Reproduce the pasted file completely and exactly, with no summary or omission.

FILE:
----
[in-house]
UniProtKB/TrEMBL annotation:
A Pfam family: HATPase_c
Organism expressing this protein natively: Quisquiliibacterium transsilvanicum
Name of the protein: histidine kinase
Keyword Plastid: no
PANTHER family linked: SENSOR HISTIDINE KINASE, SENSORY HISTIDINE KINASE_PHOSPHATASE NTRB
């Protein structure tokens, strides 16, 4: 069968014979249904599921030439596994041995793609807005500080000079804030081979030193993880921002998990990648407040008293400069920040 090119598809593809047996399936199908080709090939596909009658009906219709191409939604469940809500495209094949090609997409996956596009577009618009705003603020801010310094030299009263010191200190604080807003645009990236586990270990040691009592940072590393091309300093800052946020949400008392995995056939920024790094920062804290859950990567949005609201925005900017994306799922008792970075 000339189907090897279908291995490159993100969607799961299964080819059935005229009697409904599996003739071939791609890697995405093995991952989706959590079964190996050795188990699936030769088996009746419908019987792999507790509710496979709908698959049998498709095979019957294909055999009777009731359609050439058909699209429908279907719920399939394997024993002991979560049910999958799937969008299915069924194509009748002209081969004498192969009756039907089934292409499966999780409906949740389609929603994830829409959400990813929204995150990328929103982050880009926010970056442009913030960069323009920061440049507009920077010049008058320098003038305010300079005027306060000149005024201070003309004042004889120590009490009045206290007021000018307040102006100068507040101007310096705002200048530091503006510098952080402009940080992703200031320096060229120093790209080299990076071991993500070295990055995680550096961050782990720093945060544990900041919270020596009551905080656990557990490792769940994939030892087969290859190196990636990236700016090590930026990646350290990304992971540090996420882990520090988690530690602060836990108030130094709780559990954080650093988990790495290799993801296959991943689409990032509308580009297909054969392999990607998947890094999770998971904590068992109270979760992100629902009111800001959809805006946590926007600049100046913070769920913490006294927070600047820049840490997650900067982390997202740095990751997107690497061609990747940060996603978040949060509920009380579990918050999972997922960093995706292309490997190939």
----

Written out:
[in-house]
UniProtKB/TrEMBL annotation:
A Pfam family: HATPase_c
Organism expressing this protein natively: Quisquiliibacterium transsilvanicum
Name of the protein: histidine kinase
Keyword Plastid: no
PANTHER family linked: SENSOR HISTIDINE KINASE, SENSORY HISTIDINE KINASE_PHOSPHATASE NTRB
């Protein structure tokens, strides 16, 4: 069968014979249904599921030439596994041995793609807005500080000079804030081979030193993880921002998990990648407040008293400069920040 090119598809593809047996399936199908080709090939596909009658009906219709191409939604469940809500495209094949090609997409996956596009577009618009705003603020801010310094030299009263010191200190604080807003645009990236586990270990040691009592940072590393091309300093800052946020949400008392995995056939920024790094920062804290859950990567949005609201925005900017994306799922008792970075 000339189907090897279908291995490159993100969607799961299964080819059935005229009697409904599996003739071939791609890697995405093995991952989706959590079964190996050795188990699936030769088996009746419908019987792999507790509710496979709908698959049998498709095979019957294909055999009777009731359609050439058909699209429908279907719920399939394997024993002991979560049910999958799937969008299915069924194509009748002209081969004498192969009756039907089934292409499966999780409906949740389609929603994830829409959400990813929204995150990328929103982050880009926010970056442009913030960069323009920061440049507009920077010049008058320098003038305010300079005027306060000149005024201070003309004042004889120590009490009045206290007021000018307040102006100068507040101007310096705002200048530091503006510098952080402009940080992703200031320096060229120093790209080299990076071991993500070295990055995680550096961050782990720093945060544990900041919270020596009551905080656990557990490792769940994939030892087969290859190196990636990236700016090590930026990646350290990304992971540090996420882990520090988690530690602060836990108030130094709780559990954080650093988990790495290799993801296959991943689409990032509308580009297909054969392999990607998947890094999770998971904590068992109270979760992100629902009111800001959809805006946590926007600049100046913070769920913490006294927070600047820049840490997650900067982390997202740095990751997107690497061609990747940060996603978040949060509920009380579990918050999972997922960093995706292309490997190939």